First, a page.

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Agriculture tech, innovation inspires researchers

agriculture innovation researchers
CQUniversity researchers Alison Jensen and Karli Groves are bringing innovation to the forefront of the agriculture sector.

Dynamic duo Alison Jensen and Karli Groves are proving that a career in agriculture is so much more than tractors and dirt.

The CQUniversity researchers are taking on the agriculture world through innovative technology, working with growers in the Bundaberg Region to implement unique problem-solving tech in an effort to secure a sustainable future in agriculture.

Conducting research trials, providing technical support and facilitating industry connections for farmers as part of the Hinkler AgTech Initative, Dr Jensen explained that one of the main aims of the initiative was to facilitate the trialing of commercially available AgTech products and services on farms, and to promote adoption of AgTech in the Hinkler region.

“It’s been great to see that some of the trials have led to the adoption of AgTech, where growers have really seen the value of a particular product or service,” Dr Jensen said.

“Especially now as horticulture is facing increased pressure to produce more with less: less cost, less land, less chemicals – the data that technology provides can help growers to make informed decisions and to improve production efficiency.”

Dr Groves said awareness of AgTech was growing in the region and being able to build increased networking opportunities for growers had added value in working together to find the best solutions and practical uses of technology.

“We’re able to be a touchpoint for farmers in the region, to be able to access reliable information,” Dr Groves explained.

Innovation in agriculture important to researchers, growers

The women said that being able to be on the ground had assisted growers in gaining the full benefit from their investment, as the adoption of new technology in the industry required various adjustments between both the grower and the tech.

“The role of people in agriculture will likely shift in the coming years, with demand for highly-skilled workers as a result,” Dr Groves said.

“There are so many aspects of agriculture to work in, more than just the hard labour roles.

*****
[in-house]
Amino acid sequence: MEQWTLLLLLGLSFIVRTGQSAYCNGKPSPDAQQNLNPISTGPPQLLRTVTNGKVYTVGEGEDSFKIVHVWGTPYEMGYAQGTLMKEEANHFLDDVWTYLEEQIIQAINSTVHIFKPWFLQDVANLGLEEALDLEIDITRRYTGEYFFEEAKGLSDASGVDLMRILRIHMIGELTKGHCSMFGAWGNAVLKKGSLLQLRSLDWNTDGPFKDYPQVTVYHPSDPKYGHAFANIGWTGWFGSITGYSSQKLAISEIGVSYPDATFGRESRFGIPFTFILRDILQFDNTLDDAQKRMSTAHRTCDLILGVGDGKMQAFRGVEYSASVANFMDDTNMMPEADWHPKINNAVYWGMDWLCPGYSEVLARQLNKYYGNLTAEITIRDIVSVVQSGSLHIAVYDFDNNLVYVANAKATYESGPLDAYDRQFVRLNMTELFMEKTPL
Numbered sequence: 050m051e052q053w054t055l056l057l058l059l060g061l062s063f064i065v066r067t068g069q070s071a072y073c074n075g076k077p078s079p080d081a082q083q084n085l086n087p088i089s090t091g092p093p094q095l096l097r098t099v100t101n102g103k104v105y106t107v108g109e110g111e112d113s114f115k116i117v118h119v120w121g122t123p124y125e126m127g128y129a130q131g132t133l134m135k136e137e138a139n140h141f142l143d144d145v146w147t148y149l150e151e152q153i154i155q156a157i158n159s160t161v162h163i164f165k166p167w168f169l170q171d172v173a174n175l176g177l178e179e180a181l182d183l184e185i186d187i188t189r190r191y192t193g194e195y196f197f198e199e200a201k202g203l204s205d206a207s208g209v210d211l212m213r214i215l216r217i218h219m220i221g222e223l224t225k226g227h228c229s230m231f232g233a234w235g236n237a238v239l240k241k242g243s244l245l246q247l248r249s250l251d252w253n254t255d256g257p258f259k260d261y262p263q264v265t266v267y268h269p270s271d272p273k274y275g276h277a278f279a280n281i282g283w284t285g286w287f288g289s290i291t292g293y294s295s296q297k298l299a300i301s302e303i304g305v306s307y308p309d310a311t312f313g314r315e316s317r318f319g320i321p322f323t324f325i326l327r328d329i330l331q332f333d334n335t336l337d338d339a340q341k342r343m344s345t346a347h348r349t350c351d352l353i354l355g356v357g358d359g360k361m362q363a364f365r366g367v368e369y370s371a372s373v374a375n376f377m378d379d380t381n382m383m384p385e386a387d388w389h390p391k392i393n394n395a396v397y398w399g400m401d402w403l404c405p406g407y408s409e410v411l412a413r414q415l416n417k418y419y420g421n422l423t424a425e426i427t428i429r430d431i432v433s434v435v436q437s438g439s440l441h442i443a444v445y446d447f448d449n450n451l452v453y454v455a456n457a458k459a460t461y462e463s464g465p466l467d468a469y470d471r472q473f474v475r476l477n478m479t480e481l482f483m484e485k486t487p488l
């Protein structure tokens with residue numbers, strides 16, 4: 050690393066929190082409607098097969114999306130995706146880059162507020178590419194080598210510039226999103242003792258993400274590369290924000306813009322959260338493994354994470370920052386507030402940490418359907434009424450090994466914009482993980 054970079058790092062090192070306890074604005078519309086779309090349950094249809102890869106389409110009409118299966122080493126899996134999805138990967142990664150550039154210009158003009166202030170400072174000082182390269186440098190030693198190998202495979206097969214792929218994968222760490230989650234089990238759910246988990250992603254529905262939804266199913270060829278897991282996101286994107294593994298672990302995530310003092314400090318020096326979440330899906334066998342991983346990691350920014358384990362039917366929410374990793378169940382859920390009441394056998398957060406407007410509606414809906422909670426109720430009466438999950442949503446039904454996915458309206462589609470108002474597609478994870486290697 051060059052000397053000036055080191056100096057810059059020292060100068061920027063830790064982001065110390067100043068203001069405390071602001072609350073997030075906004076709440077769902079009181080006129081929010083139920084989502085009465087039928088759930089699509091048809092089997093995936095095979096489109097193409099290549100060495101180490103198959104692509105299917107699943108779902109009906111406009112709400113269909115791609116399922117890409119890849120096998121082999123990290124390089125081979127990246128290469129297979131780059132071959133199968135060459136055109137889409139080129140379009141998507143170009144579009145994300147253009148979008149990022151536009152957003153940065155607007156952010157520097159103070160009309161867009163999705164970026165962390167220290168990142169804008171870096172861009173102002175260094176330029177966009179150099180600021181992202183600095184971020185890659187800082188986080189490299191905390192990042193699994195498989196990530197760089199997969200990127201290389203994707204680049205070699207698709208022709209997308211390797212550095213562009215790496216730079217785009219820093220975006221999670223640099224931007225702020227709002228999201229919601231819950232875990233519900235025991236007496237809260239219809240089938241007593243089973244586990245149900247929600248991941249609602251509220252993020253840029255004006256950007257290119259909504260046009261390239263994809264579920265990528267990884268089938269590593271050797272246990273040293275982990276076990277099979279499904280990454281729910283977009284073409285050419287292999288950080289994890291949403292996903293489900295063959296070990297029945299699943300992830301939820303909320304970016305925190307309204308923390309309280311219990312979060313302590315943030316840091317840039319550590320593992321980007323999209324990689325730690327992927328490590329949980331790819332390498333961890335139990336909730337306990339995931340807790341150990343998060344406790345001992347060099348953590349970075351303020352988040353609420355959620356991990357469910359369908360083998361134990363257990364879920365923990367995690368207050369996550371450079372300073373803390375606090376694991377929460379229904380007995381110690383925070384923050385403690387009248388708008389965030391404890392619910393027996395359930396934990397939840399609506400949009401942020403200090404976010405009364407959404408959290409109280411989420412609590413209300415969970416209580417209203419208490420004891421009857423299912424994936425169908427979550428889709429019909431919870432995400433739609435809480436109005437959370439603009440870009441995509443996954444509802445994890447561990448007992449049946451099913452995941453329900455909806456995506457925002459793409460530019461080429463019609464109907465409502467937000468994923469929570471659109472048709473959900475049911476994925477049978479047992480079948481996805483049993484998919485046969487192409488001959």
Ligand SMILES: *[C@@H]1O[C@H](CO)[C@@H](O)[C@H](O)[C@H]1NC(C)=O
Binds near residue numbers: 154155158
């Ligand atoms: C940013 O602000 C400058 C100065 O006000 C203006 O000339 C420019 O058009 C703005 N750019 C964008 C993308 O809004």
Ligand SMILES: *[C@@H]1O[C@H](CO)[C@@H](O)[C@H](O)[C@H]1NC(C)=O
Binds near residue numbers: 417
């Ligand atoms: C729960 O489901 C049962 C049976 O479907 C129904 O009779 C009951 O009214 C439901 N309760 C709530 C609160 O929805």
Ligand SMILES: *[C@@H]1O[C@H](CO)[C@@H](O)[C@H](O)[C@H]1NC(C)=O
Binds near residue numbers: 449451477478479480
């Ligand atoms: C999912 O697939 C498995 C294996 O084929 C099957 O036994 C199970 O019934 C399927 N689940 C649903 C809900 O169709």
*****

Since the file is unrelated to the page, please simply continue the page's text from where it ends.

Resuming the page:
“While people will always play a role in how a crop is grown, technology is empowering growers to make more informed decisions and to make the best of their own knowledge and growing experience.”

Both coming from significant, established careers and academic studies in agriculture, the two have been part of the Institute for Future Farming Systems (IFFS) Precision Horticulture Team for the last two years between them, bringing experience in plant breeding, plant pathology, practical industry outcomes, on-farm skills and system knowledge.

“Working so closely with industry has allowed us to develop a deeper understanding of complex and varied farming systems, which has really helped to shape the direction of the project and future work,” Dr Groves explained.

Dr Jensen’s research in plant pathology in conjunction with the implementation of AgTech is also seeing a role in improving disease management, where the systems and data can measure natural occurrences during crop development and assists in pinpointing when a disease outbreak may be likely to occur in the future.

“Automated spore traps and environmental sensors have been some of the ways we’ve been able to monitor and predict disease outbreaks,” Dr Jensen explained.

“Careers in agriculture are sometimes stereotyped as difficult and dirty, but farming systems are so complex and interesting. Technology is changing the way that crops are grown and the boundaries of what’s possible in research.

“It’s a great industry to be a part of and it’s exciting to be part of this transition in farming.”

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